Gardening is all about choices and many gardeners are stepping up to the environmental plate and choosing natives over exotics. If a flowering shrub is needed to soften the corner of a wall or building, why not select something that isn't going to harm the ecosystem?
Many of us love butterfly bushes. (Buddleja davidii) Butterflies do too, but did you know that this plant is fast becoming an invasive species in many areas? It is even considered a world-wide pest in places such as Great Britain. I confess, I had a collection of them until the winter of 2014 when they all perished due to the extreme conditions. I live well within the optimal growing zone for these shrubs and even had one that was over 10 years old. I never considered that an unusual cold snap would exterminate them. At first, I was eager to replace them with more butterfly bushes, as there are dozens of commercially available cultivars. However, the more I researched the plant, the more I decided that they weren't a responsible choice and started looking for alternatives.
Summer Sweet (Clethra alnifolia) is an excellent replacement. This deciduous shrub is native to the U.S. and Canada, with a list of positive traits that should make any gardener smile. The long racemes with a choice of pink or white flowers bloom in mid to late summer and attracts butterflies and moths in great numbers, just like the butterfly bush. However, this plant also attracts native bees and they use it for a nectar source as well. There is an added element of an intoxicating scent that perfumes the garden. Birds and other wildlife consume the berries as a winter food source too. It has very few insect or disease problems as well. Win, win, win.
Another excellent choice is Virginia Sweetspire (Itea virginica). This eastern North American native blooms a bit earlier in the season, late spring to early summer. The long, white flower racemes resemble the blooms of the butterfly bush as well. The flowers open from the bottom toward the tip, very much like the species I'm trying to replace, and like the summer sweet, they have a great fragrance too. Butterflies, moths, native bees and birds gather for the nectar and seeds. It is most attractive when it receives at least 6 hours of full sun each day and looks best when several plants are massed as a group. This plant has the added benefit of brilliant red fall foliage and is even considered a semi-evergreen in the southern part of its range. It has no significant pest problems and tends to be deer resistant. Another win.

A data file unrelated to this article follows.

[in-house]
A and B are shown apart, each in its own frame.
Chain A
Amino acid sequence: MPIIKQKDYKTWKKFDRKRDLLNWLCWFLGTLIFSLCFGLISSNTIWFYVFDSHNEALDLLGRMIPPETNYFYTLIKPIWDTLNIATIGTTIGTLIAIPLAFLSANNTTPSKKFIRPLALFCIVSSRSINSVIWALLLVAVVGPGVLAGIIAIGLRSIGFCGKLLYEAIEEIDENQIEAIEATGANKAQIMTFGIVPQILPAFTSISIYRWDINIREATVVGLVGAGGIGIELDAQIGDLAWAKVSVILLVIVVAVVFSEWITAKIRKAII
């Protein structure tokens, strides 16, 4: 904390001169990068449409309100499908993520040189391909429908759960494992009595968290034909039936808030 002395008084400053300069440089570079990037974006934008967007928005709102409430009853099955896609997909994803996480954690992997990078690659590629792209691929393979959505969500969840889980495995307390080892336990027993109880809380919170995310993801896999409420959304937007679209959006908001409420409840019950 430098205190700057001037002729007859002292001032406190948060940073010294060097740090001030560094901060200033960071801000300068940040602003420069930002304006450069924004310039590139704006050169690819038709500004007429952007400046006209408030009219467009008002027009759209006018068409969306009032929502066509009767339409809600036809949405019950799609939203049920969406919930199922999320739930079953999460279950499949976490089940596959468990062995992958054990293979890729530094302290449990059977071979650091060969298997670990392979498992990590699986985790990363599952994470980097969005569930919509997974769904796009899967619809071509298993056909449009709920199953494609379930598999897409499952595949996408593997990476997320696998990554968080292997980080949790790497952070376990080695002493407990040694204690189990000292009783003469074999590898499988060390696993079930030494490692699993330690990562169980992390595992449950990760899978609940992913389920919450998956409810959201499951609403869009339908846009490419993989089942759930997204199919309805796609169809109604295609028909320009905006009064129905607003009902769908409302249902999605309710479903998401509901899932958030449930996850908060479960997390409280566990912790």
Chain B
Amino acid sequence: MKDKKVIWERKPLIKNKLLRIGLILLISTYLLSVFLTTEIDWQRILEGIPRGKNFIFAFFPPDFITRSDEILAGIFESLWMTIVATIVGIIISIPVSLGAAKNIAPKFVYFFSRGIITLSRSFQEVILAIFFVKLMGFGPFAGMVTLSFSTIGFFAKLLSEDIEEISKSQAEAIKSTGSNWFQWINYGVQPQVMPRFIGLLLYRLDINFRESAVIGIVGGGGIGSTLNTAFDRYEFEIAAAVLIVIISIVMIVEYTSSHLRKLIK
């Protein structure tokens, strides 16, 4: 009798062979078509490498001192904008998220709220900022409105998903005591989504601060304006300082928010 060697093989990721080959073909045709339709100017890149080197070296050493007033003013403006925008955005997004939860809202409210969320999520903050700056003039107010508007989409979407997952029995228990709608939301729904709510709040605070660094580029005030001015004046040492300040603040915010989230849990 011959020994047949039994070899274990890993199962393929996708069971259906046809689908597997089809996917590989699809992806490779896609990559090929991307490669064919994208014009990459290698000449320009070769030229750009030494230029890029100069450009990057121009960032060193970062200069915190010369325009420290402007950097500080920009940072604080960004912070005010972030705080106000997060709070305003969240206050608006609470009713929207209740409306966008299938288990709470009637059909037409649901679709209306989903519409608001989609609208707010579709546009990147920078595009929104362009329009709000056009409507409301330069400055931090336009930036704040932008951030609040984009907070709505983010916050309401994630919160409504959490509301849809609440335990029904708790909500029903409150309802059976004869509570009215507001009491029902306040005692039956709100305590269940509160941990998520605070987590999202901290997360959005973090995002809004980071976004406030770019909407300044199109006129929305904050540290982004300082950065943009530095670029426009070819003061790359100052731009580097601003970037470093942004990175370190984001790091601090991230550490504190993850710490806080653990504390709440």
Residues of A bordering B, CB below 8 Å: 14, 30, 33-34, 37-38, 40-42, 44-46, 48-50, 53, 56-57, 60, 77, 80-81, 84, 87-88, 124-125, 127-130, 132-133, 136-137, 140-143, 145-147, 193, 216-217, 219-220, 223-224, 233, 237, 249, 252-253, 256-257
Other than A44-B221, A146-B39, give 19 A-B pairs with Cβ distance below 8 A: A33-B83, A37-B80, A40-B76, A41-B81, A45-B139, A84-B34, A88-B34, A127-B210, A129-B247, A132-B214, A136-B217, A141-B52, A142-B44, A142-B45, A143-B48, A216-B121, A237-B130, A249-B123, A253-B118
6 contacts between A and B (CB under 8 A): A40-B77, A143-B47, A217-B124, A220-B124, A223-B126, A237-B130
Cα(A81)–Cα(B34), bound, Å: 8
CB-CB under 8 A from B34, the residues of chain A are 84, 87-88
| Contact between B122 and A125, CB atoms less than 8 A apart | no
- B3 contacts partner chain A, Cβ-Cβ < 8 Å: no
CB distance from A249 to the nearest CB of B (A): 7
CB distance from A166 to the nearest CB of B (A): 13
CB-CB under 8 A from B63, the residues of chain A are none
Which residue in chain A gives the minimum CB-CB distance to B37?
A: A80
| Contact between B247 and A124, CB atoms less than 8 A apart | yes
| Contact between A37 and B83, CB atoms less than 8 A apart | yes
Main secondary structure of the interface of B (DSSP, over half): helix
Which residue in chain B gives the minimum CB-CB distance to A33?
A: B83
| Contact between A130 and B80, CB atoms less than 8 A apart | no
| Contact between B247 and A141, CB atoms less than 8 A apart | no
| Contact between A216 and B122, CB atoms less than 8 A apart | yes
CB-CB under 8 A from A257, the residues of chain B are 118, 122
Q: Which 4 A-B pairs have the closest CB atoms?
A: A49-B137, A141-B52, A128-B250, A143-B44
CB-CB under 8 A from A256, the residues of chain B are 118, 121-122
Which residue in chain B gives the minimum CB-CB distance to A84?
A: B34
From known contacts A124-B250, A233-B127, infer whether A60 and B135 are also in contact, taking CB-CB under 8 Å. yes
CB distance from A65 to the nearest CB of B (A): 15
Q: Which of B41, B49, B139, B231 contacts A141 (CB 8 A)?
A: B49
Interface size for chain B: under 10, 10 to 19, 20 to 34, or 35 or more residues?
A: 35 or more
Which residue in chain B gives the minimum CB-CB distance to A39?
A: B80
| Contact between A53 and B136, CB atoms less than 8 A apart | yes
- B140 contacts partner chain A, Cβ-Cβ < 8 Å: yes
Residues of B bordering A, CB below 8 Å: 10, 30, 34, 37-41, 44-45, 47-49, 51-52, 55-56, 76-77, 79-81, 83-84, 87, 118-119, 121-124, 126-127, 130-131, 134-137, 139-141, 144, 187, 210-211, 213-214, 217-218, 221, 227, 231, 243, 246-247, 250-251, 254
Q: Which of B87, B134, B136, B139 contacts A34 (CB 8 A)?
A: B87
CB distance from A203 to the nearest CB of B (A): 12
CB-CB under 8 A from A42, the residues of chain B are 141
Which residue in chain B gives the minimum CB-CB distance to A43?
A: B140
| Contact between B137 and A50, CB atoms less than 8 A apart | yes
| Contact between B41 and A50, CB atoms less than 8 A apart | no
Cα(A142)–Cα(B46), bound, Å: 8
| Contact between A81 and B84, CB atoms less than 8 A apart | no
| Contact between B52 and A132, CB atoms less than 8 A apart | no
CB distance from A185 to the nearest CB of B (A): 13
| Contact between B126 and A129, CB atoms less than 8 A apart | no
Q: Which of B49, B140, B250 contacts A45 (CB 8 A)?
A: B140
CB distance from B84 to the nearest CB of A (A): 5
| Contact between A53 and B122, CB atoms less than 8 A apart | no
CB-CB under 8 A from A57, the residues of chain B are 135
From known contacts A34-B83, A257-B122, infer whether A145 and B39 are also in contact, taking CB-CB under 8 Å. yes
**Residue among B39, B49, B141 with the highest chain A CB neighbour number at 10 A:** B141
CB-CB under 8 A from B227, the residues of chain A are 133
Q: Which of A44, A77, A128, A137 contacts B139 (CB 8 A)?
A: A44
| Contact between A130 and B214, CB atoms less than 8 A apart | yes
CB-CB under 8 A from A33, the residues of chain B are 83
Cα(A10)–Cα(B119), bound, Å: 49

I've decided to use these plants as replacements for the Buddleja davidii. They're hardy natives, attract insects and wildlife and do not pose invasive issues. By using both of them, I'm assured of summer-long show and my garden insects will not be nectar-deprived. I've even been told that hummingbirds find these plants attractive too. They make great fragrant landscape plants, have few pests or disease issues and I'm being a responsible steward of the land by planting natives instead of exotics.
The next time you choose plants and shrubs for your garden, step back and do a little research. Chances are, there is a similar native plant with the characteristics you are searching for that will be a better selection. If you do chose the Buddleja davidii, there are sterile cultivars that do not set seed, so check with your source before purchasing one.
The Clethra image is courtesy of Plantfiles and DG mamber 'patp. The others are my own.